Origin of Actoridae

Eurytus and Cteatus, the sons of Actor (whence they were also called Actoridae) or else of Poseidon and Molione. As boys they fought against Nestor and the men of Pylus. When they had grown up, they beat the army of Heracles that threatened their uncle Augeas, but were killed by the former near Cleonae in Argolis. In Homer their sons Thalpius and Antimachus are the chieftains of the Epeians before Troy. A later legend describes them as having only one body.
MOLIONES or MOLIONIDAE (Molionidai), a patronymic name by which Eurytus and Cteatus, the sons of Actor, or Poseidon, by Molione, are orten designated. They were nephews of Augeas, king of the Epeians. As sons of Actor, they are also called Actoridae, or AktoriĆ“ne. According to a late tradition, they were born out of an egg; and it is further stated, that the two brothers were grown together, so that they had only one body, but two heads, four arms, and four legs. Homer mentions none of these extraordinary circumstances; and, accordi…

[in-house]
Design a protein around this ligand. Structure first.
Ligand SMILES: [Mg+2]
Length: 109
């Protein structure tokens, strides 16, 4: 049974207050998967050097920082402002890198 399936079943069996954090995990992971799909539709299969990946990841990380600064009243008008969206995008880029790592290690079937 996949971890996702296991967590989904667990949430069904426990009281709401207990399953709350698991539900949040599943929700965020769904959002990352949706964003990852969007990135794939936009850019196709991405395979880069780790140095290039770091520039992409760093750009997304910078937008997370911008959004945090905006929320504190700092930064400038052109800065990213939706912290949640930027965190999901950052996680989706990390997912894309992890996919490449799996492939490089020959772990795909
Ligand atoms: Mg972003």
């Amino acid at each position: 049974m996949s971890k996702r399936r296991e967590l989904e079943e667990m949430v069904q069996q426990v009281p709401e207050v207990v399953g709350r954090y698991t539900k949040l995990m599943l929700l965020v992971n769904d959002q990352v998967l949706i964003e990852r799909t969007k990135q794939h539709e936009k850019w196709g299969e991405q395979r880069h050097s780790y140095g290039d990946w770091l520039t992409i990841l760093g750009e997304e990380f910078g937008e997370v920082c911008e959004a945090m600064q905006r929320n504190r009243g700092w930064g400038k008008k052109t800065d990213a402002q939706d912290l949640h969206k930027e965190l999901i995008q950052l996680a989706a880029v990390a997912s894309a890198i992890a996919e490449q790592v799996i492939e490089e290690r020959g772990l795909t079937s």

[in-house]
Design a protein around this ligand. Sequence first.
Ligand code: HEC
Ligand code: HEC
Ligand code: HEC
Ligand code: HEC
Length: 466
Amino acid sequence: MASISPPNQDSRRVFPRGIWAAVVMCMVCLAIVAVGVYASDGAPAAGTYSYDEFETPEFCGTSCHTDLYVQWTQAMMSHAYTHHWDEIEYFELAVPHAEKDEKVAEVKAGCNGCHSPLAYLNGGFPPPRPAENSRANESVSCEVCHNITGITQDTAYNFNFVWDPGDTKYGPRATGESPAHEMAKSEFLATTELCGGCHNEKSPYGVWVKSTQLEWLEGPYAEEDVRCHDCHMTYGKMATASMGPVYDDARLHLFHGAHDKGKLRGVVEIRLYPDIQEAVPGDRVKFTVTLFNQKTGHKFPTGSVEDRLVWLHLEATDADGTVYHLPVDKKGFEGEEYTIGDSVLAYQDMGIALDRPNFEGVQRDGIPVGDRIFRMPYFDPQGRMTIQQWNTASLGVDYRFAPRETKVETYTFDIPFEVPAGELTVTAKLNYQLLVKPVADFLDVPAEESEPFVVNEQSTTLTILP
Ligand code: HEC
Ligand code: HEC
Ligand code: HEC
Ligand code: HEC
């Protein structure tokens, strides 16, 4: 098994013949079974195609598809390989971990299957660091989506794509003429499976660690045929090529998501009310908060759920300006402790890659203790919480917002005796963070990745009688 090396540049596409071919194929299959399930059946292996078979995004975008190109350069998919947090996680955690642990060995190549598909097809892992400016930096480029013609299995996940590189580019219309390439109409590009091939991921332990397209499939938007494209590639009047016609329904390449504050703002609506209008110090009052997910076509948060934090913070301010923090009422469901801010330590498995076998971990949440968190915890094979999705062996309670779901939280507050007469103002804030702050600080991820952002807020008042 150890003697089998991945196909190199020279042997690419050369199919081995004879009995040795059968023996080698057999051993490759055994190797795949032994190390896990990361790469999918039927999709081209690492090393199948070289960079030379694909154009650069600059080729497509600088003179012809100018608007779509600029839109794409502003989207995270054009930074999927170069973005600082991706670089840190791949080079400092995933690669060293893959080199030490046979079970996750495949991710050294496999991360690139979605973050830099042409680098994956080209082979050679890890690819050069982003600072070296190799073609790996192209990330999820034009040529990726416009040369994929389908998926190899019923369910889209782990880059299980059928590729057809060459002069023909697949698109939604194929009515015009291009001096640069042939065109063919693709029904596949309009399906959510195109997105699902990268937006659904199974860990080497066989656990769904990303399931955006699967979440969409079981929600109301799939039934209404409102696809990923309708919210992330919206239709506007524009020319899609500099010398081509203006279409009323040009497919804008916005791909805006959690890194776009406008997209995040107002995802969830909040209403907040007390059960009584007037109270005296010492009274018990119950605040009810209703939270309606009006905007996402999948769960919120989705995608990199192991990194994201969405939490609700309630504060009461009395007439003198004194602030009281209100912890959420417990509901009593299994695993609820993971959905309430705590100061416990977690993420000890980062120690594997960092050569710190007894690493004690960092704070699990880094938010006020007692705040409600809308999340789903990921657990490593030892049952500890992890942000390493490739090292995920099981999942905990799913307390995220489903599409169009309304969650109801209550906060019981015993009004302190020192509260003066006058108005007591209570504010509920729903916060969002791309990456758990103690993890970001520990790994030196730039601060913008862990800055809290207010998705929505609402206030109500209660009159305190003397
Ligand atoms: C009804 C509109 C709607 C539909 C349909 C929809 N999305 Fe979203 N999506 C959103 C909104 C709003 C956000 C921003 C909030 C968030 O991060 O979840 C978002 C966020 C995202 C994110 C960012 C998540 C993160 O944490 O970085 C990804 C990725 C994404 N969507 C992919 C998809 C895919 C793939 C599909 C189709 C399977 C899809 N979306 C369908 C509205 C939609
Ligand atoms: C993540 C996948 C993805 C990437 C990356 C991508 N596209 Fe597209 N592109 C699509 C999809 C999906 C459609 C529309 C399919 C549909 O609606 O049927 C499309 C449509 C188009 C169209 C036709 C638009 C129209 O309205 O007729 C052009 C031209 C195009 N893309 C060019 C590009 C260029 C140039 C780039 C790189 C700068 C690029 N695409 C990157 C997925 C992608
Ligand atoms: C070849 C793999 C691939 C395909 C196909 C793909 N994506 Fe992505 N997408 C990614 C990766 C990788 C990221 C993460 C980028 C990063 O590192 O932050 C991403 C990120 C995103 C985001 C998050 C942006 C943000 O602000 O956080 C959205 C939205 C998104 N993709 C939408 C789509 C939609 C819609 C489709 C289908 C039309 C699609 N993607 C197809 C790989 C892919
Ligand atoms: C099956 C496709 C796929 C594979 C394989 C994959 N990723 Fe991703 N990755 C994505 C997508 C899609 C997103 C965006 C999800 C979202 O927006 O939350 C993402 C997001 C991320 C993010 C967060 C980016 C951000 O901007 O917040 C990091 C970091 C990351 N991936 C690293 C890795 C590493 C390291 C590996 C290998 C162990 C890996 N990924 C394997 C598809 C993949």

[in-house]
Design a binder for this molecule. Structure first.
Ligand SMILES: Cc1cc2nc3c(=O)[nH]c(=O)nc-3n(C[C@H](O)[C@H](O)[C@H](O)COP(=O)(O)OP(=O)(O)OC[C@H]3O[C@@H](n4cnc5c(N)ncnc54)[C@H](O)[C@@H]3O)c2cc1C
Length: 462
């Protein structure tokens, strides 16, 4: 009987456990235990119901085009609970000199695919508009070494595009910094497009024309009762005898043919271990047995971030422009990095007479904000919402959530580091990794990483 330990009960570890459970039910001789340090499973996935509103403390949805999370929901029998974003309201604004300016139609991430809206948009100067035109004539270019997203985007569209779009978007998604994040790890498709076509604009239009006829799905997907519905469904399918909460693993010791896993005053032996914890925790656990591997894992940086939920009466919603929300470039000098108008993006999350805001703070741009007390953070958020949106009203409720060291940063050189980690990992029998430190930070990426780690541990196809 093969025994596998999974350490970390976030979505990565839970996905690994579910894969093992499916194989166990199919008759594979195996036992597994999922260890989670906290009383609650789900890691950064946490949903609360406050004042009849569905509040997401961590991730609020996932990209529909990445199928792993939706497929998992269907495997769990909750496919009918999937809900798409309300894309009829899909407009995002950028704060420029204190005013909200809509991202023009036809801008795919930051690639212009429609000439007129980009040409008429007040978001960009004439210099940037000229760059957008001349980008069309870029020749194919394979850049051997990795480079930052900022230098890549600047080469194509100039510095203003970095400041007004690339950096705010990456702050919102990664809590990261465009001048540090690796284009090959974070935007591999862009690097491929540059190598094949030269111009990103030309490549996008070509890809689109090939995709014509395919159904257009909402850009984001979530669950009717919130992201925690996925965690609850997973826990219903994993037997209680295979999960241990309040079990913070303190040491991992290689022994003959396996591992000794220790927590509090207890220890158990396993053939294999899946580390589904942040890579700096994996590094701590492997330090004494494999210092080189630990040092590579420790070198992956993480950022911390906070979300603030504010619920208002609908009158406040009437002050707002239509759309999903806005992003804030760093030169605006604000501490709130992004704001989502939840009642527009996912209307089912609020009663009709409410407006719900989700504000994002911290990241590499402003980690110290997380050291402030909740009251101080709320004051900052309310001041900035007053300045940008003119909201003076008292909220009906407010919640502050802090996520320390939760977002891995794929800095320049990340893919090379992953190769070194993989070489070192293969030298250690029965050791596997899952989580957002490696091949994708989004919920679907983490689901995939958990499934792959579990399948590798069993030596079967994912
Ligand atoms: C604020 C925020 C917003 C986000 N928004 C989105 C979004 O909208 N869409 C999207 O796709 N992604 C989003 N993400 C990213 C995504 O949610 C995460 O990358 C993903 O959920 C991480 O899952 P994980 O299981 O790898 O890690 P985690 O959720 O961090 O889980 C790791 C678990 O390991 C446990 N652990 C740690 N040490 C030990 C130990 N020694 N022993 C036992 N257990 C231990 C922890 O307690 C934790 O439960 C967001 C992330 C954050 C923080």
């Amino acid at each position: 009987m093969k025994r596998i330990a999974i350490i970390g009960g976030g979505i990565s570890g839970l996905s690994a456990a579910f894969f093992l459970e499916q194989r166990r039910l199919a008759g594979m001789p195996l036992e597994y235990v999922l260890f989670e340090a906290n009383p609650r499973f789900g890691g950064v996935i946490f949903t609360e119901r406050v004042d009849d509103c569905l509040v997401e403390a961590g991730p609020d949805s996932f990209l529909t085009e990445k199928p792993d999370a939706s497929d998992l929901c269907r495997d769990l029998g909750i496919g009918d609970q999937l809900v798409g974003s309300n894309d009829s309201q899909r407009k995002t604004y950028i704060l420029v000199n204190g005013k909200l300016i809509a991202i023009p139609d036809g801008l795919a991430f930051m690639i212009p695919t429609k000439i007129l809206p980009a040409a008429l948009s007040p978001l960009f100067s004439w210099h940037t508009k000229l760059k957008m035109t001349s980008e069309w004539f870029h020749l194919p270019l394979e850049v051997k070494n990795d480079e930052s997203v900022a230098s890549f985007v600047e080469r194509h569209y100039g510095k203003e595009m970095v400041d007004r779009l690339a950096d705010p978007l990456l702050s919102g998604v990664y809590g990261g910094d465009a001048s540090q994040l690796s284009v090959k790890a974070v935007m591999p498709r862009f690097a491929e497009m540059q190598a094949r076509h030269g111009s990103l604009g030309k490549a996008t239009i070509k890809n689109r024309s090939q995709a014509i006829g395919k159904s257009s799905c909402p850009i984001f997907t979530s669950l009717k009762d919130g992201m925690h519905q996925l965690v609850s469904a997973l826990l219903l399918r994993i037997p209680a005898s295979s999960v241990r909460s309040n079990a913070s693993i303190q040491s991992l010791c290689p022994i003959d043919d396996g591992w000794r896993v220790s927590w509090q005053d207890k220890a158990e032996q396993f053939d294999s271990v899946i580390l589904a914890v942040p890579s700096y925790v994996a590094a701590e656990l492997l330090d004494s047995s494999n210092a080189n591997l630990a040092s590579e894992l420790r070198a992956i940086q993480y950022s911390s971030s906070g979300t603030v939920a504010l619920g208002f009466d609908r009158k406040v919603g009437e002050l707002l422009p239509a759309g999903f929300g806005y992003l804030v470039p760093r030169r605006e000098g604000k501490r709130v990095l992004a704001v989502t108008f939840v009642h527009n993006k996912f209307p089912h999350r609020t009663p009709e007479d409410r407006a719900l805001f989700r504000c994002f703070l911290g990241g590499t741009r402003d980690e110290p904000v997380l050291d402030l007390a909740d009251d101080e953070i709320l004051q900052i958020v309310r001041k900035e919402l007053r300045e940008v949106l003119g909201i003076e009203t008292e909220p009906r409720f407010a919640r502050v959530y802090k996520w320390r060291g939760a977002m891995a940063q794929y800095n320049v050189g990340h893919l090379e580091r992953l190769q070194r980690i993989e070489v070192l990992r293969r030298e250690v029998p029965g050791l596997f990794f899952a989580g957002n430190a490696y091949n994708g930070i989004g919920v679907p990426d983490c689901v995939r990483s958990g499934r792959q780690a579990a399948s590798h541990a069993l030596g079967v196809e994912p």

The Early Acton

The name Acton means Oak Town and is an Anglo-Saxon name, suggesting that there was a settlement at Acton in Saxon times. Most of the settlement in the Middle Ages lay along the Uxbridge Road and close to the parish church of St. Mary's. There were several inns here.

In the early days, Acton was popular with the gentry and minor courtiers as a summer residence. Acton Wells was reputed to possess health giving mineral water. The first known stagecoach to make journeys from Acton to London was The Acton Machine, there were horse trams, and electric trams ran the length of the Uxbridge Road. Motorbuses were seen.